Authentication plugins

Authentication Plugins do not use the Atlassian Plugins framework - they are simply a jar added to Fisheye's classpath.

To implement an arbitrary form of authentication and authorisation for Fisheye you need to provide a class which extends com.cenqua.fisheye.user.plugin.AbstractFishEyeAuthenticator. You can find more information about custom Fisheye authorisation in the online javadocs and the library jar.

For Fisheye to use the authenticator, it must be compiled, placed in a jar archive and then put in the $FISHEYE_INST/lib directory. If other third-party libraries are required by your authenticator, they must also be in the $FISHEYE_INST/lib directory.

Global Configuration

After implementing a custom authenticator, the next step is to configure Fisheye to use it.

Click Setup Custom authentication on the Fisheye Admin > Users/Security page.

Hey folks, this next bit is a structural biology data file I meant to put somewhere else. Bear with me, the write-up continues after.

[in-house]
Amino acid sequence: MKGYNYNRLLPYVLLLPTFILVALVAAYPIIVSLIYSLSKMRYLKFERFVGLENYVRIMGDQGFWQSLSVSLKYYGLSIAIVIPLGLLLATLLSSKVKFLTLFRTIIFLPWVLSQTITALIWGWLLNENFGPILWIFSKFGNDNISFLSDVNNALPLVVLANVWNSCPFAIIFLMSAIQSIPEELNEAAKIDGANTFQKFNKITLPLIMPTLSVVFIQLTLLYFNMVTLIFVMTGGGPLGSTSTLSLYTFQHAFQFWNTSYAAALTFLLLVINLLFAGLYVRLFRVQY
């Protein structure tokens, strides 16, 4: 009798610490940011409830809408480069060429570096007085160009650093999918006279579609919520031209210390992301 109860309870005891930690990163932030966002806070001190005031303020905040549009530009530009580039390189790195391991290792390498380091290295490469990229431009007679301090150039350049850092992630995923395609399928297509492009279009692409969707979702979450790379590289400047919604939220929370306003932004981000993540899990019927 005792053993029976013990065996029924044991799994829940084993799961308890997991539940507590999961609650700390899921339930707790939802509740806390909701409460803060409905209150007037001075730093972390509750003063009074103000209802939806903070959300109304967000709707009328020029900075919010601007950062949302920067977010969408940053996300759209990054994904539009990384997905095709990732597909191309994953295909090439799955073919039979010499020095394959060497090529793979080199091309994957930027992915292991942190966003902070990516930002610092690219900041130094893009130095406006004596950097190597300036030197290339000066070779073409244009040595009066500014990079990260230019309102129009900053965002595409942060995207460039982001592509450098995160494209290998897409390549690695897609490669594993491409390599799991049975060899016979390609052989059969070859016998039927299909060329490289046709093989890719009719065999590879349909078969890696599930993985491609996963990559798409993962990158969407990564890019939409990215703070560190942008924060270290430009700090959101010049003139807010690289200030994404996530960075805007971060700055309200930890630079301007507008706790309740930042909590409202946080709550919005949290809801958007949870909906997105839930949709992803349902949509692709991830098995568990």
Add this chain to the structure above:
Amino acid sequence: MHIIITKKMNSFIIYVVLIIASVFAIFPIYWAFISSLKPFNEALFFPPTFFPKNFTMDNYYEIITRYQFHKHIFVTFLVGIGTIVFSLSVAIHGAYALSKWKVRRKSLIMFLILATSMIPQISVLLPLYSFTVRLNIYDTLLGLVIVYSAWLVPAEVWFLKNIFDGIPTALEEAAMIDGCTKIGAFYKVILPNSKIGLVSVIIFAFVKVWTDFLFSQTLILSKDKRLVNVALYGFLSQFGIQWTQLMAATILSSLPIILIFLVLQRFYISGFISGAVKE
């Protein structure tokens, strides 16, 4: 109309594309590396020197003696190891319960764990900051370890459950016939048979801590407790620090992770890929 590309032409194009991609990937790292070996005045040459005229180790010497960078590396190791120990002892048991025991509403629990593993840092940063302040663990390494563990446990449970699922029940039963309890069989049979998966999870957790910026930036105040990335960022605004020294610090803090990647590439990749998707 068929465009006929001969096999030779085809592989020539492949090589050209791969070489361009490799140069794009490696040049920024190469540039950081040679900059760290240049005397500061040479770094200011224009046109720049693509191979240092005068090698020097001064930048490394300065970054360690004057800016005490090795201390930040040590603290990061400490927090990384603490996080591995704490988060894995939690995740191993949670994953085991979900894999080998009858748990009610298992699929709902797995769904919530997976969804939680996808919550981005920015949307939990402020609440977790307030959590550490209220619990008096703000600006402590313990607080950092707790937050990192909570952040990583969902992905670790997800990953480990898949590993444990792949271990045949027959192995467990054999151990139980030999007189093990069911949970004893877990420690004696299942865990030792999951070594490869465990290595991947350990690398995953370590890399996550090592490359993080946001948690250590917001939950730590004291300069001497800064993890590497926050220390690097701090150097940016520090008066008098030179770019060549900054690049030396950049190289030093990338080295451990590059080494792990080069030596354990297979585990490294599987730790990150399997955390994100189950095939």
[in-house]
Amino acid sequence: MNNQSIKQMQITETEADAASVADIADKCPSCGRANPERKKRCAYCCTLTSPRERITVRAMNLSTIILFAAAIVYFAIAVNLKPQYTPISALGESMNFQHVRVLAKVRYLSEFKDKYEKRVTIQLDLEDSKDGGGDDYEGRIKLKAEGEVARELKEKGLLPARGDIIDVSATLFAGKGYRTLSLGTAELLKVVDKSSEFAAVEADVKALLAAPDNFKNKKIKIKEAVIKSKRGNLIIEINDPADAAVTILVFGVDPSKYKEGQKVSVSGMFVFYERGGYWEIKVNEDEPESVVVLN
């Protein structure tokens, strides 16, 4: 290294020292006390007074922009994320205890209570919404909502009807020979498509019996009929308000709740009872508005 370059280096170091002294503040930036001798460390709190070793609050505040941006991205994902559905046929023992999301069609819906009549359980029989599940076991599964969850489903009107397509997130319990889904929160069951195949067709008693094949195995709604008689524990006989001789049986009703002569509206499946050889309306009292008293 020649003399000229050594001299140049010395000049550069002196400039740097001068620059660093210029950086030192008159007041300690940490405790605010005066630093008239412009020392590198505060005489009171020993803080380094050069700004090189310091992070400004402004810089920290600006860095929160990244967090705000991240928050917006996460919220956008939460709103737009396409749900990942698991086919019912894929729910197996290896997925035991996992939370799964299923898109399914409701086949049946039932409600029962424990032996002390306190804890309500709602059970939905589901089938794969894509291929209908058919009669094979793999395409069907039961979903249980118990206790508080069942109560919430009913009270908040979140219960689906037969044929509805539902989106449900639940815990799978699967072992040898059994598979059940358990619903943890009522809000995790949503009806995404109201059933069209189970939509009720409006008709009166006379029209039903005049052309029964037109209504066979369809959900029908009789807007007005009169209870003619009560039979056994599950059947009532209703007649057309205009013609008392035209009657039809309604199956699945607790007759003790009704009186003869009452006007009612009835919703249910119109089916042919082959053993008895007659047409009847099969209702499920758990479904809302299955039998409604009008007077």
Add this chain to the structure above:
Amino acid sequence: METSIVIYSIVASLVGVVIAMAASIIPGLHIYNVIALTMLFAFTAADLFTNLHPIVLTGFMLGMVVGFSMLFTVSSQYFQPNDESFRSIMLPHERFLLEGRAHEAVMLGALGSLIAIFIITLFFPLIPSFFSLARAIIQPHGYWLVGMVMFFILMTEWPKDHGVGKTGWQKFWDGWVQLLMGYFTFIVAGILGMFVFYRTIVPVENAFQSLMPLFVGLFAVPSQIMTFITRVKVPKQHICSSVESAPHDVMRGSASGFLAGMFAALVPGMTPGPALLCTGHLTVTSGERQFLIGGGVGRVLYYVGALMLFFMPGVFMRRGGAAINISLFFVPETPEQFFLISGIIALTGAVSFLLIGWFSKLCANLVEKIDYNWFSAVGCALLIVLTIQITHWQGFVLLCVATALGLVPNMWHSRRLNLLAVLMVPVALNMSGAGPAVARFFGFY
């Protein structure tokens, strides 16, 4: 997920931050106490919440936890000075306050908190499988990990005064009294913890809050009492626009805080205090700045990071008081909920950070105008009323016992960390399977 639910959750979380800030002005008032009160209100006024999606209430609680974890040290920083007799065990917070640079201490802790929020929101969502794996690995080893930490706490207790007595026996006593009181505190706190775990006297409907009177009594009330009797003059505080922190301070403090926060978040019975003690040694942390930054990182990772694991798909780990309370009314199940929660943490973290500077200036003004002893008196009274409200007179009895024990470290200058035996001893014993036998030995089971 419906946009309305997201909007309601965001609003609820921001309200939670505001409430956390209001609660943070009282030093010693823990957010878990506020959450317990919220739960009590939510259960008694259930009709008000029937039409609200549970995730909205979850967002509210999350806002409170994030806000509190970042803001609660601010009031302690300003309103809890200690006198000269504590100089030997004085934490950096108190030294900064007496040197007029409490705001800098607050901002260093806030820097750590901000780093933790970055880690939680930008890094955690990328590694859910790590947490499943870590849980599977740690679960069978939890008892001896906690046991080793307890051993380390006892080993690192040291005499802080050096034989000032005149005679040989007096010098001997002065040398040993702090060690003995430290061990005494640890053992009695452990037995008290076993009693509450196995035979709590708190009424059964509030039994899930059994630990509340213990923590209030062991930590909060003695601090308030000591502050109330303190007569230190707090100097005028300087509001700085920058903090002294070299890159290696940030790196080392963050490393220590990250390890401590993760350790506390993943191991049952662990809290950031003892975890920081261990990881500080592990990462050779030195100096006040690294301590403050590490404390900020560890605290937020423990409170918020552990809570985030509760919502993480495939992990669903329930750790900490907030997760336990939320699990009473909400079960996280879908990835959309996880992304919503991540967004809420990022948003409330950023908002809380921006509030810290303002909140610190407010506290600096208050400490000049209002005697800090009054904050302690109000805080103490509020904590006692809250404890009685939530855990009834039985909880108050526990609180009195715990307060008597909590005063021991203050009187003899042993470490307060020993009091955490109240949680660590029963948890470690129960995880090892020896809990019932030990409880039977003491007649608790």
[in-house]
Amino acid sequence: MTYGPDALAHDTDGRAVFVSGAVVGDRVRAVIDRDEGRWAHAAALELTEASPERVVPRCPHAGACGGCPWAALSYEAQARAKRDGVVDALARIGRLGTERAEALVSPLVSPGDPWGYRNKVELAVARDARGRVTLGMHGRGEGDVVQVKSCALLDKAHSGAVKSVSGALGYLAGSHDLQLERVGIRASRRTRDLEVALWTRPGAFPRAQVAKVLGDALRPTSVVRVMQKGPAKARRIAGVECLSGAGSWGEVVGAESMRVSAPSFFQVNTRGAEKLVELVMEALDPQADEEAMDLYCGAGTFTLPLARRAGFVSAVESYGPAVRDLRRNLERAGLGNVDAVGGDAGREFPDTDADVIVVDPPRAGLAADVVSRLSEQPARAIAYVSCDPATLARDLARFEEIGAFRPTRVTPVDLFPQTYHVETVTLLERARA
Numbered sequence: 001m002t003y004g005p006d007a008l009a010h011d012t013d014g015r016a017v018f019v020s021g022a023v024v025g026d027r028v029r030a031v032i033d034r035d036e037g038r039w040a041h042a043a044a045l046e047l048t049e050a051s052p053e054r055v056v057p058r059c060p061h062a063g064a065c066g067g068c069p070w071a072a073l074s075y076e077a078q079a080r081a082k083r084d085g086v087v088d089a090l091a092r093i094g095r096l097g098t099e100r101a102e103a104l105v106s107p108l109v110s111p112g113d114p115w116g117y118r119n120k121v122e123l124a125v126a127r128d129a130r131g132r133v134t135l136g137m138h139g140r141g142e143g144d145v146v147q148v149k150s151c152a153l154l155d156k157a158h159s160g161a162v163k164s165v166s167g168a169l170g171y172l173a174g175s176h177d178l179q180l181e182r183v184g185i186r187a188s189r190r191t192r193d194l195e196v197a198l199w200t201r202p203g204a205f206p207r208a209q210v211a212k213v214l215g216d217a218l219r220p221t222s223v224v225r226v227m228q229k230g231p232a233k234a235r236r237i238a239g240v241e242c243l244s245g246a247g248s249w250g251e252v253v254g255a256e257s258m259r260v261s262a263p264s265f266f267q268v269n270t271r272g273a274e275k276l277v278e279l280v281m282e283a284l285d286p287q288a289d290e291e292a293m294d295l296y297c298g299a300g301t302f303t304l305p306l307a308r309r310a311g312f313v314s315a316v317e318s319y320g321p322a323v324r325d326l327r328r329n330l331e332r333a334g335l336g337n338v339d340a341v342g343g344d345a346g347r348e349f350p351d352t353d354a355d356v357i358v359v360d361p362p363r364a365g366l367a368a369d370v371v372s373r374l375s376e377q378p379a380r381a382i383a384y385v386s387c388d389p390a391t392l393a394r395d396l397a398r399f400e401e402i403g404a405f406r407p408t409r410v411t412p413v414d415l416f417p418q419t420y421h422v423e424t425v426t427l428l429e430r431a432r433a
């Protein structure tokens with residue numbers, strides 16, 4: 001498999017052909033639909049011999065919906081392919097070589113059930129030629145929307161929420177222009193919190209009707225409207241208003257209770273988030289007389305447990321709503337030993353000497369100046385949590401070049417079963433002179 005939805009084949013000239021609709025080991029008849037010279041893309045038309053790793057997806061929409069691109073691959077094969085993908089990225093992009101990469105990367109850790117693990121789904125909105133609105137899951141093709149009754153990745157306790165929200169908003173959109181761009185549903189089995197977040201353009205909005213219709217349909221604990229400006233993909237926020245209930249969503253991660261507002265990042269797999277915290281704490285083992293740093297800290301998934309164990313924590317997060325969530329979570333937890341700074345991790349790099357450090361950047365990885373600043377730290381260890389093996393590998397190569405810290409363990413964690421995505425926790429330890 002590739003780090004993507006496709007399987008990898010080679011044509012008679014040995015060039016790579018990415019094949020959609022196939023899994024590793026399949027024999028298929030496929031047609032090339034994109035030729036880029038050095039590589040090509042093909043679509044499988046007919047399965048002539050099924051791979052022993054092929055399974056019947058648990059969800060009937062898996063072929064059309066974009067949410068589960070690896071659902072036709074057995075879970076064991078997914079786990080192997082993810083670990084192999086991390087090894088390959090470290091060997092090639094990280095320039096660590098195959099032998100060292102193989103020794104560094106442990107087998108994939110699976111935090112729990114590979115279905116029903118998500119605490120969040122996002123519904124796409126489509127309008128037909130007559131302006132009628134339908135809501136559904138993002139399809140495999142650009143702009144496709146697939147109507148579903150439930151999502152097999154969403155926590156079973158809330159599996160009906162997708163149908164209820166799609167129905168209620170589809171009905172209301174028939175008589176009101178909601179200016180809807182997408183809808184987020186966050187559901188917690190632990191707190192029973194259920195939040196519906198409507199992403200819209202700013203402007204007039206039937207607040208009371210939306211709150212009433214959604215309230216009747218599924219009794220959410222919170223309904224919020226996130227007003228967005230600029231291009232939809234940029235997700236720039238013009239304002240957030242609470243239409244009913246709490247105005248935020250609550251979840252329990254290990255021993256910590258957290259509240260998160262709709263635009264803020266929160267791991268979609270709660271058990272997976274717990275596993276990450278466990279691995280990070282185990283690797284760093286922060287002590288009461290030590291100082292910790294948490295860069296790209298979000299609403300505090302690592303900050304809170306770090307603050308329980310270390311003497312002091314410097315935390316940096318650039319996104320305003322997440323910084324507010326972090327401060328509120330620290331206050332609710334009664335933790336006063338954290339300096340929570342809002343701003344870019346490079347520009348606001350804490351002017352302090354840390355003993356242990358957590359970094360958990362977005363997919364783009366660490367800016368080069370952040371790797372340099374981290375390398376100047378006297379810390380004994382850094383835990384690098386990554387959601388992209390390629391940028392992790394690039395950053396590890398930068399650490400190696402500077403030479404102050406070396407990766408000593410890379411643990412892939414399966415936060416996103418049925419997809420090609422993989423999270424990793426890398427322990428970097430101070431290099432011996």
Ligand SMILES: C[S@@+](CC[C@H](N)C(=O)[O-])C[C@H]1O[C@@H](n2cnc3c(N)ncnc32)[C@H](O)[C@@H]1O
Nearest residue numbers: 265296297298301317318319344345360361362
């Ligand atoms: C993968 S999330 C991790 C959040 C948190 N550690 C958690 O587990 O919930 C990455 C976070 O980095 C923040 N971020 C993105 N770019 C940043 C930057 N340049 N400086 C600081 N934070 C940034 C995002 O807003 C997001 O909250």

You will be presented with a form containing the following fields to be set:


The fully qualified class name of your AbstractFishEyeAuthenticator, e.g. com.cenqua.fisheye.user.plugin.ExampleFishEyeAuthenticator.

Cache TTL (positive)

How long Fisheye should cache permission checks. Example values are: 0 secs, 5 mins.


Fisheye can automatically create a user it has not previously encountered if the user can successfully authenticate against your authenticator.


Any properties your authenticator requires. These will be passed to its init() method. This field should comply with the java.util.Properties format. Example:

# comments

Per-Repository Constraint Configuration

You may also require a per-repository constraint to restrict access to specific repositories using your custom authenticator. If a custom authenticator is set, then the Permissions summary table will display the constraint per repository and a link to enable you to edit it.

The Authentication Test page allows you to enter a user's credentials and to test the user's authentication. It will also test which repositories the user is authorised to access.

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